Association of misexpression with sterility in hybrids of Drosophila simulansand D. mauritiana.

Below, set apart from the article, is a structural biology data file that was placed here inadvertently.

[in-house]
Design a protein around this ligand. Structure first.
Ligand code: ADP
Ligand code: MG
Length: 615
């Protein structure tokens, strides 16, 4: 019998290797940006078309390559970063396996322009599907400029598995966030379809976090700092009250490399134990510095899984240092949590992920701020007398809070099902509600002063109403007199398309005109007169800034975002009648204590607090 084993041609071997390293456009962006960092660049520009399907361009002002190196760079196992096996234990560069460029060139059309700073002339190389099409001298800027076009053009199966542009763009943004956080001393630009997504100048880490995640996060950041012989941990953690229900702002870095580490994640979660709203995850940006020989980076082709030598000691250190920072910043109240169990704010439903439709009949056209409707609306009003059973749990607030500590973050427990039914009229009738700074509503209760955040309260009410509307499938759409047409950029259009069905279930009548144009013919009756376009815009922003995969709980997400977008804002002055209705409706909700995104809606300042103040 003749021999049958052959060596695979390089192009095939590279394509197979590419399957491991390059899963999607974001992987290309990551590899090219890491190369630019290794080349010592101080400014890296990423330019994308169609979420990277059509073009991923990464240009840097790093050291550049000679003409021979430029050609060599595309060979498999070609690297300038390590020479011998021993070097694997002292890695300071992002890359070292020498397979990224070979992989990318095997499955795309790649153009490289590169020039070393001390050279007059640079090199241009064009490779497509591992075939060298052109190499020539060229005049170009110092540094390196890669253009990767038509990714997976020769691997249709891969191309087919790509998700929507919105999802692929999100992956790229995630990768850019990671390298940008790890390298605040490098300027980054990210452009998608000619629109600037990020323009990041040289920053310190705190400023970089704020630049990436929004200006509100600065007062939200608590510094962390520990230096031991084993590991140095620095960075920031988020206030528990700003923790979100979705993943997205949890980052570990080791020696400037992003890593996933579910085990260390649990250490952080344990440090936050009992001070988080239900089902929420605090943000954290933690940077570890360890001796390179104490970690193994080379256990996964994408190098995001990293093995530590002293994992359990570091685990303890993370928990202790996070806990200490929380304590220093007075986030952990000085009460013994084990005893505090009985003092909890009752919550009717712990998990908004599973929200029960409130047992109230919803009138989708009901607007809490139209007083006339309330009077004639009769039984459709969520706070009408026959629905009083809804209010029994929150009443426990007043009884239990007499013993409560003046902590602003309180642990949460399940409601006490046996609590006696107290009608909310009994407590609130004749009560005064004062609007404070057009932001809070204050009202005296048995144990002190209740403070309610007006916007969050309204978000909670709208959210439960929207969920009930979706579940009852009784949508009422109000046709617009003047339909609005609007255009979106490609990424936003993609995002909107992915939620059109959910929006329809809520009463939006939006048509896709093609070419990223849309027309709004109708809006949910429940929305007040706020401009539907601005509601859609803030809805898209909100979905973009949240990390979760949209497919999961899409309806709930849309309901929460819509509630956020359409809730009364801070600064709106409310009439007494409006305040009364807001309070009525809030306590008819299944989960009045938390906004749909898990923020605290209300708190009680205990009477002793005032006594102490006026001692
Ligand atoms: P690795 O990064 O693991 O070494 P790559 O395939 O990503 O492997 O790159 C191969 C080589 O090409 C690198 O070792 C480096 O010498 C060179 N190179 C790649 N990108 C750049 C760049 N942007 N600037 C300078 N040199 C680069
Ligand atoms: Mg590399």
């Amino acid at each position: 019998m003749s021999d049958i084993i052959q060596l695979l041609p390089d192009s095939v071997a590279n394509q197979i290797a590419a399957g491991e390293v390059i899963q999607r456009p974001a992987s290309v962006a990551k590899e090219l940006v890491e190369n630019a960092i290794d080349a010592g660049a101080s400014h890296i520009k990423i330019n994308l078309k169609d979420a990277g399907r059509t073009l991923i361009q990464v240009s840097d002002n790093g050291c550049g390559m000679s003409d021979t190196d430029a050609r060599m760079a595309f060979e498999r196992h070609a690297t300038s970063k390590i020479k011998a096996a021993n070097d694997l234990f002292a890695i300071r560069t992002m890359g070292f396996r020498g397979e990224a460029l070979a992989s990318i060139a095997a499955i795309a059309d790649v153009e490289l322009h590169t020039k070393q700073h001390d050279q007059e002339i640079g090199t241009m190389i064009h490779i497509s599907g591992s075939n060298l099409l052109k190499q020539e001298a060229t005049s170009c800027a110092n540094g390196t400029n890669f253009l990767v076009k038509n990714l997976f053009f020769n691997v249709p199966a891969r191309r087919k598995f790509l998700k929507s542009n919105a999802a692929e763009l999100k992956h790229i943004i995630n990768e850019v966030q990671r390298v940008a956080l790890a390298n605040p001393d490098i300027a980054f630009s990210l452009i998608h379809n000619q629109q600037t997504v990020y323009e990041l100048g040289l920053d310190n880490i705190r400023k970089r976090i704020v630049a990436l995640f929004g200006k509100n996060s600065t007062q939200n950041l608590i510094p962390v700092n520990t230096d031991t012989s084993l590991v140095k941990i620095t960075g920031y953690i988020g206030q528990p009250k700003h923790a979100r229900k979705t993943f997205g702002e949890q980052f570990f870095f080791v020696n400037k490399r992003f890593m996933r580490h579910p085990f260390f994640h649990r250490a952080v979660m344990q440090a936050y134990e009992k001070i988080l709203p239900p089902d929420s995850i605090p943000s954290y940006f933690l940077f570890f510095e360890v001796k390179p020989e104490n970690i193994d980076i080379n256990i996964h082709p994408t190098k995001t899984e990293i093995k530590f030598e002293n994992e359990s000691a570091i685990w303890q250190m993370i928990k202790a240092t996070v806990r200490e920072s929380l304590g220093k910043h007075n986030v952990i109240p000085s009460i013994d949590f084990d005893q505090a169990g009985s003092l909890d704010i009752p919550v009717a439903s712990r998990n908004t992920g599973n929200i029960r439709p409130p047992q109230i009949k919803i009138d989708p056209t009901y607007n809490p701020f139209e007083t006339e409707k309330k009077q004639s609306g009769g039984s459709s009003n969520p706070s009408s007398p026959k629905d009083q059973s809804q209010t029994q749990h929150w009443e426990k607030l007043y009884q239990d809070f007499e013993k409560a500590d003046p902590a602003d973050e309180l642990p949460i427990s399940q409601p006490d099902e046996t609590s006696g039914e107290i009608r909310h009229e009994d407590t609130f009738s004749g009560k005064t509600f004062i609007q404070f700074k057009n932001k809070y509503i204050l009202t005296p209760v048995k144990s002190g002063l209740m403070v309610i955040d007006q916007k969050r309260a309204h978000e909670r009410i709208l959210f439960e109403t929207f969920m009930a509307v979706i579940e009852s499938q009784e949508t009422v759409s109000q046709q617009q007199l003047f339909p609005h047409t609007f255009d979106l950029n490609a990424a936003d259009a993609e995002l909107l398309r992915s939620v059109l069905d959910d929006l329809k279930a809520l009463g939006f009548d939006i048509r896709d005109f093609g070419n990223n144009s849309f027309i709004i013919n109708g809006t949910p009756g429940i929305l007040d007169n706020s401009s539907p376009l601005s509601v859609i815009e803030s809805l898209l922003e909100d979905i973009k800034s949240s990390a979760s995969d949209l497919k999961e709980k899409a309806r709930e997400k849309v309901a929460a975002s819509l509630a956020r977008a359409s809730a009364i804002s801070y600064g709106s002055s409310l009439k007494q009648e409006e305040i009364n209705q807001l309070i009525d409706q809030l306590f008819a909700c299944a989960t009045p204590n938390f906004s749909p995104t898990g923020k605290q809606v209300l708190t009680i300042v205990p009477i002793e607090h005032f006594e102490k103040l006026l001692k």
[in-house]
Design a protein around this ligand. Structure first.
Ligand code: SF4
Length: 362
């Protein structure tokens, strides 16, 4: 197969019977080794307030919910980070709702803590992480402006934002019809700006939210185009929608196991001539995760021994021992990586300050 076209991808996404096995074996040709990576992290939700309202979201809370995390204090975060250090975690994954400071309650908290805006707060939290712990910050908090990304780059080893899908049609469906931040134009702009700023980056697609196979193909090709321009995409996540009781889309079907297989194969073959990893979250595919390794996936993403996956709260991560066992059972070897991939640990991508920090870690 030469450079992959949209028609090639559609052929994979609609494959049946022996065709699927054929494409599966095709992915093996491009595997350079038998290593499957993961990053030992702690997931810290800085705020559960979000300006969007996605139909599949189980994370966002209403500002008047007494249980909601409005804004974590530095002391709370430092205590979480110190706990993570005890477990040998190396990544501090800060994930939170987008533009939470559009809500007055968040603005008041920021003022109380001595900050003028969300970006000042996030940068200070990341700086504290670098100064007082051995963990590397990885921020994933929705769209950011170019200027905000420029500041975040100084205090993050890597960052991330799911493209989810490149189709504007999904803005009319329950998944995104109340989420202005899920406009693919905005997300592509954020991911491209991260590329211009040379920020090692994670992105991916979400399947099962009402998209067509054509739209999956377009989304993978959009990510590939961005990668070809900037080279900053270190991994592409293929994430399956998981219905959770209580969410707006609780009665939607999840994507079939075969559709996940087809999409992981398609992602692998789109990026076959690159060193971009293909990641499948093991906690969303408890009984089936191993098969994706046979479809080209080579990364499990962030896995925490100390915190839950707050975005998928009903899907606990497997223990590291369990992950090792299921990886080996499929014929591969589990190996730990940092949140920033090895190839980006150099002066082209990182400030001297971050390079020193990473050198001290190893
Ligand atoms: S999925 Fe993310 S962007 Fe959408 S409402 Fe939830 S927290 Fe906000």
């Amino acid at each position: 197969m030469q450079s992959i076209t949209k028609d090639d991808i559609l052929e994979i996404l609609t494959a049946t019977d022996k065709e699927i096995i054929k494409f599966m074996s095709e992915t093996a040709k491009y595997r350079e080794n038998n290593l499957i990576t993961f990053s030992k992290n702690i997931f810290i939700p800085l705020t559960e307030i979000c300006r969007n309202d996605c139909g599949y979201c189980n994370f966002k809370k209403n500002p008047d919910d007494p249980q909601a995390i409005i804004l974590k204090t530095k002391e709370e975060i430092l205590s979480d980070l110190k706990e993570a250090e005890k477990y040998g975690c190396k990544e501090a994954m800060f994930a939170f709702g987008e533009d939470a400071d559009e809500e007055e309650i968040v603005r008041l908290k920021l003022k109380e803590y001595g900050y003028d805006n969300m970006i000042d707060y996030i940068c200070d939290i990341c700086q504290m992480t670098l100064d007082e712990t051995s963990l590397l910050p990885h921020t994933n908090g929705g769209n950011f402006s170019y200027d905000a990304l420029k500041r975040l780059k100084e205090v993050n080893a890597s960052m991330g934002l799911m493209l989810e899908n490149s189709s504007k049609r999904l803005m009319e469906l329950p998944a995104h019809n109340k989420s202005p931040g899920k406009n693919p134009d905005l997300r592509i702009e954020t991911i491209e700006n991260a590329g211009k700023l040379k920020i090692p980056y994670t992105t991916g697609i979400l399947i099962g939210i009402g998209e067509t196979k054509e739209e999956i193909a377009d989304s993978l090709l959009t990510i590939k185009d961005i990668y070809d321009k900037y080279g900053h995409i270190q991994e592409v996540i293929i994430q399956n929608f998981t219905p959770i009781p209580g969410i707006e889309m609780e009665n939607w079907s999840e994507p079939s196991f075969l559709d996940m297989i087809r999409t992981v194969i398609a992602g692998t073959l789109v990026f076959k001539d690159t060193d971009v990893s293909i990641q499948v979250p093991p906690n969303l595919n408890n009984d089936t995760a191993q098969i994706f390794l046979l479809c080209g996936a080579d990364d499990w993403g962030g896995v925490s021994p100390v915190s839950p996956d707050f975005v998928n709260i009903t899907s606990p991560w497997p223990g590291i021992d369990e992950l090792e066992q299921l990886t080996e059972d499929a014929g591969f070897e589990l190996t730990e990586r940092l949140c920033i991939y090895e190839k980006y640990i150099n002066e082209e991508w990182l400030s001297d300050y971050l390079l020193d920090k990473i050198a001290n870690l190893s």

Recent studies have identified genes associated with hybrid sterility and other hybrid dysfunctions, but the consequences of introgressions of these "speciation genes" are often poorly understood. Previously, we identified a panel of genes that are underexpressed in sterile male hybrids of Drosophila simulans and D. mauritiana relative to pure species. Here, we build on this reverse-genetics approach to demonstrate that the underexpression of at least five of these genes in hybrids is associated with hybrid sterility and that these five genes are coordinately regulated. We map one upstream regulator of these genes to a region previously shown to harbor one or more factors causing hybrid sterility. Finally, we show that the genes underexpressed in hybrids are often highly conserved, as might be predicted for downstream targets of the genetic changes that cause hybrid sterility. This approach integrates forward genetics with reverse genetics to show a proximate consequence of the introgression of particular hybrid sterility-conferring regions between species: underexpression of genes necessary for normal spermatogenesis.
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